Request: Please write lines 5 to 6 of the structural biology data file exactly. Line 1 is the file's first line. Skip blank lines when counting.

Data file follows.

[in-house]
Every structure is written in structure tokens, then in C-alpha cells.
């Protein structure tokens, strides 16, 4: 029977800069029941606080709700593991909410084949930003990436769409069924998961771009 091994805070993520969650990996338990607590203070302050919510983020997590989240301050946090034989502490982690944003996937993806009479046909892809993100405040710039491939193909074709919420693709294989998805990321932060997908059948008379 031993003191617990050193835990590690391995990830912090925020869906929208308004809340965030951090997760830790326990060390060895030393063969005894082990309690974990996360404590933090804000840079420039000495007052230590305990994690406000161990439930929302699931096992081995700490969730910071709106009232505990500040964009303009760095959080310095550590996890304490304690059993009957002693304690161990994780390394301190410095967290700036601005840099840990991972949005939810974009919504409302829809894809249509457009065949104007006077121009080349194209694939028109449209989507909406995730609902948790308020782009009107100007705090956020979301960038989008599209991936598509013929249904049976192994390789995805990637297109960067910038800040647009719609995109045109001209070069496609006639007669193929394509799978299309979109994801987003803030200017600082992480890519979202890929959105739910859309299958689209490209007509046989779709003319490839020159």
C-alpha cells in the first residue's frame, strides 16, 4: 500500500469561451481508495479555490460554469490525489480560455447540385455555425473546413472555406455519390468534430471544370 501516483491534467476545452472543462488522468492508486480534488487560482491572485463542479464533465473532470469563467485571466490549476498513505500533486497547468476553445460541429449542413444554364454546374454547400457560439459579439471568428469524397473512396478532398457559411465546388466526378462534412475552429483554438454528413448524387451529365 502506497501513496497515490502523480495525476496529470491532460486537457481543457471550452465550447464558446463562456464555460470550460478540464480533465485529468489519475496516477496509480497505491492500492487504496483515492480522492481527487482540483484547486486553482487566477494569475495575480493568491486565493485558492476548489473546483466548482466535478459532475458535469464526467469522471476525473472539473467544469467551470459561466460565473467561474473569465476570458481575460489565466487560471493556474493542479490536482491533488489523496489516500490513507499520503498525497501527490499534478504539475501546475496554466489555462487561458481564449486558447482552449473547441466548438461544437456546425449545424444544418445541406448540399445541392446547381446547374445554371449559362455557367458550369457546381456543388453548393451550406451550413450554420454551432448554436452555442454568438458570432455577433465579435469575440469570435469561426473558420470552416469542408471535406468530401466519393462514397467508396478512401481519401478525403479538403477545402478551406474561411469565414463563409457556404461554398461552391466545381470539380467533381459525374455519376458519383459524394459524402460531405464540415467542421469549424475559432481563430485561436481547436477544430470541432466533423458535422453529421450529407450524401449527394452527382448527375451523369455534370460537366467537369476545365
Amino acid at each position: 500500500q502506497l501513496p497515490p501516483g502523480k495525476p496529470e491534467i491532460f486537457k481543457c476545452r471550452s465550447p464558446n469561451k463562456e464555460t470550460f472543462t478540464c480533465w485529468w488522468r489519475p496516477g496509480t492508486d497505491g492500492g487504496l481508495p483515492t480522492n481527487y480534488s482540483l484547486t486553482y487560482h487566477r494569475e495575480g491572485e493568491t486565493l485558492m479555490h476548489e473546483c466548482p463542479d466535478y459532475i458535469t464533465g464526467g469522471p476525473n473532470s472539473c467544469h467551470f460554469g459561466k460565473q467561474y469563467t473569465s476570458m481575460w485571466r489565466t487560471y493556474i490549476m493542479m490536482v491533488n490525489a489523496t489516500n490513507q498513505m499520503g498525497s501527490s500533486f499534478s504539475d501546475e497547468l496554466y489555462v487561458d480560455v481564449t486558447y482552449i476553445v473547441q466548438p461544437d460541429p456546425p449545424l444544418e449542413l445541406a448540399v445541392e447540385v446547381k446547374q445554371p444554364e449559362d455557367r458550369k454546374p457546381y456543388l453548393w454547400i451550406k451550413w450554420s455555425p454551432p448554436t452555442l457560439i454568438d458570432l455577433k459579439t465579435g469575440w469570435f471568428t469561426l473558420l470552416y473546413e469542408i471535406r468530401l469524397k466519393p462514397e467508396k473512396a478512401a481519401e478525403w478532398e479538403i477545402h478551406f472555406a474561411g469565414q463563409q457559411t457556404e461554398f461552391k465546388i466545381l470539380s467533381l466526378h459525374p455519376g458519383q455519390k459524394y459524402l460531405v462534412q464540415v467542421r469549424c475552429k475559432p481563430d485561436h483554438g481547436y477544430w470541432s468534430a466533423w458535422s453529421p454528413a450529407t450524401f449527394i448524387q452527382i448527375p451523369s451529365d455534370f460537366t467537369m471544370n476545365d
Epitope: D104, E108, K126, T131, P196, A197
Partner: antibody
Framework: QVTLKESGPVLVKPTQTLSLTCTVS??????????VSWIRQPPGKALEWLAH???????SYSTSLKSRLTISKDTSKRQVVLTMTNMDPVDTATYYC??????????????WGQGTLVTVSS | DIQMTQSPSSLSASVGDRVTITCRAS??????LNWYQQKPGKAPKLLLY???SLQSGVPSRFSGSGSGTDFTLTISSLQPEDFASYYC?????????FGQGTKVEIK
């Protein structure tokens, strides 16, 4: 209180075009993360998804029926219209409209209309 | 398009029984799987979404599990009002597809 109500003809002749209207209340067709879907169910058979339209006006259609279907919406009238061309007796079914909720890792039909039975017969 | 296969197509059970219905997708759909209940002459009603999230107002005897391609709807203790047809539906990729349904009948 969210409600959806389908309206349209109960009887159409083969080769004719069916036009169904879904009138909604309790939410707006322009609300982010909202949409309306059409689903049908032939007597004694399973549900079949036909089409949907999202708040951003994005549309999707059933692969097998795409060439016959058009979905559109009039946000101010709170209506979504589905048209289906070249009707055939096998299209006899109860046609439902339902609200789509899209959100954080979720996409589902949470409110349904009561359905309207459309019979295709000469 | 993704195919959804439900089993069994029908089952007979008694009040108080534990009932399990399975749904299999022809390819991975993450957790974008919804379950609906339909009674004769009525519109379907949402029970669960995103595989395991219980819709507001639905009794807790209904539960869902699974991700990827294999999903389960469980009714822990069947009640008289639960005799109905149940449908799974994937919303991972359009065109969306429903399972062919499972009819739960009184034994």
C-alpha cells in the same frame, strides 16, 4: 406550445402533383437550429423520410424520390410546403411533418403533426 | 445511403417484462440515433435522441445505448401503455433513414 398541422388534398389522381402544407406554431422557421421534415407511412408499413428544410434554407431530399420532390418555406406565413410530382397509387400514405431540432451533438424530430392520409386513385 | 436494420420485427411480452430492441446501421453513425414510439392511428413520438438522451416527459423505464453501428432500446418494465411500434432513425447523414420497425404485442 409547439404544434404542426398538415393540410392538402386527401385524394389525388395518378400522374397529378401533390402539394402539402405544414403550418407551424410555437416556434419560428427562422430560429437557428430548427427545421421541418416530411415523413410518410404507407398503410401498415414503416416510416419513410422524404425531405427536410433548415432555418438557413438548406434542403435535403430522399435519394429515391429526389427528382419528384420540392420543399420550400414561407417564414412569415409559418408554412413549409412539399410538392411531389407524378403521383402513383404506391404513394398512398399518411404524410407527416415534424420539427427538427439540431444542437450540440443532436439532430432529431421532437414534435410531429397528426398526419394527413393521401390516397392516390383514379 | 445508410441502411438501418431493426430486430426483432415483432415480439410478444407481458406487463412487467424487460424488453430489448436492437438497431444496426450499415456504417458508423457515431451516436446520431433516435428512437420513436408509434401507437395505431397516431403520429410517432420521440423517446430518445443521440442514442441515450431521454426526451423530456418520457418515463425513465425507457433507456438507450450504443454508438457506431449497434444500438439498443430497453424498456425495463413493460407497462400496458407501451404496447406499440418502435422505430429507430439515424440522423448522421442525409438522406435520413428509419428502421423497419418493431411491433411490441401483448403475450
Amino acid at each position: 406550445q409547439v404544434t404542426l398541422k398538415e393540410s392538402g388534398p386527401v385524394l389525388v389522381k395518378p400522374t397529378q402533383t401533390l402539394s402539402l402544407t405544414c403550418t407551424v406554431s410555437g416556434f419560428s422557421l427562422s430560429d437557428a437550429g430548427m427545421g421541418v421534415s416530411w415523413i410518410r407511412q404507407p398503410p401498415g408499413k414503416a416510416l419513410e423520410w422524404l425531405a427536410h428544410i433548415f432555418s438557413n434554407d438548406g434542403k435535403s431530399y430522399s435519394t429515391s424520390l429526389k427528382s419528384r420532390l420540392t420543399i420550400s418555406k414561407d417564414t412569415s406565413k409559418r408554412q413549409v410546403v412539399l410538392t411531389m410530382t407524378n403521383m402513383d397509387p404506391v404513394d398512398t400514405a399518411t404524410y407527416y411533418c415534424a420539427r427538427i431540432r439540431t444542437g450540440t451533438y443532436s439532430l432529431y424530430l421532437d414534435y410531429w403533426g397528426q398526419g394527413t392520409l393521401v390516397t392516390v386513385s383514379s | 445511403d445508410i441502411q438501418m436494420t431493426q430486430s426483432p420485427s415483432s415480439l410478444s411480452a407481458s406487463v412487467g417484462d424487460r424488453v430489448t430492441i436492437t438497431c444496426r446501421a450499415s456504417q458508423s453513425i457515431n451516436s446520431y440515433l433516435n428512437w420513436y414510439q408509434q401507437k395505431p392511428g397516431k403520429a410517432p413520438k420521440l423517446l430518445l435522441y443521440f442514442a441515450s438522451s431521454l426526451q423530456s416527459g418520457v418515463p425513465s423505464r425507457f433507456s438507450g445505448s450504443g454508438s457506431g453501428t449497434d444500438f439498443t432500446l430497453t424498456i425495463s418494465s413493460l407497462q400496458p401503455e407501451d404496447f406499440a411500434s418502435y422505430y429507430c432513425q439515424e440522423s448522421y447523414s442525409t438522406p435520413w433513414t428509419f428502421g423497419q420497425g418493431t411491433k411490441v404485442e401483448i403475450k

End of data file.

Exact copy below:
Amino acid at each position: 500500500q502506497l501513496p497515490p501516483g502523480k495525476p496529470e491534467i491532460f486537457k481543457c476545452r471550452s465550447p464558446n469561451k463562456e464555460t470550460f472543462t478540464c480533465w485529468w488522468r489519475p496516477g496509480t492508486d497505491g492500492g487504496l481508495p483515492t480522492n481527487y480534488s482540483l484547486t486553482y487560482h487566477r494569475e495575480g491572485e493568491t486565493l485558492m479555490h476548489e473546483c466548482p463542479d466535478y459532475i458535469t464533465g464526467g469522471p476525473n473532470s472539473c467544469h467551470f460554469g459561466k460565473q467561474y469563467t473569465s476570458m481575460w485571466r489565466t487560471y493556474i490549476m493542479m490536482v491533488n490525489a489523496t489516500n490513507q498513505m499520503g498525497s501527490s500533486f499534478s504539475d501546475e497547468l496554466y489555462v487561458d480560455v481564449t486558447y482552449i476553445v473547441q466548438p461544437d460541429p456546425p449545424l444544418e449542413l445541406a448540399v445541392e447540385v446547381k446547374q445554371p444554364e449559362d455557367r458550369k454546374p457546381y456543388l453548393w454547400i451550406k451550413w450554420s455555425p454551432p448554436t452555442l457560439i454568438d458570432l455577433k459579439t465579435g469575440w469570435f471568428t469561426l473558420l470552416y473546413e469542408i471535406r468530401l469524397k466519393p462514397e467508396k473512396a478512401a481519401e478525403w478532398e479538403i477545402h478551406f472555406a474561411g469565414q463563409q457559411t457556404e461554398f461552391k465546388i466545381l470539380s467533381l466526378h459525374p455519376g458519383q455519390k459524394y459524402l460531405v462534412q464540415v467542421r469549424c475552429k475559432p481563430d485561436h483554438g481547436y477544430w470541432s468534430a466533423w458535422s453529421p454528413a450529407t450524401f449527394i448524387q452527382i448527375p451523369s451529365d455534370f460537366t467537369m471544370n476545365d
Epitope: D104, E108, K126, T131, P196, A197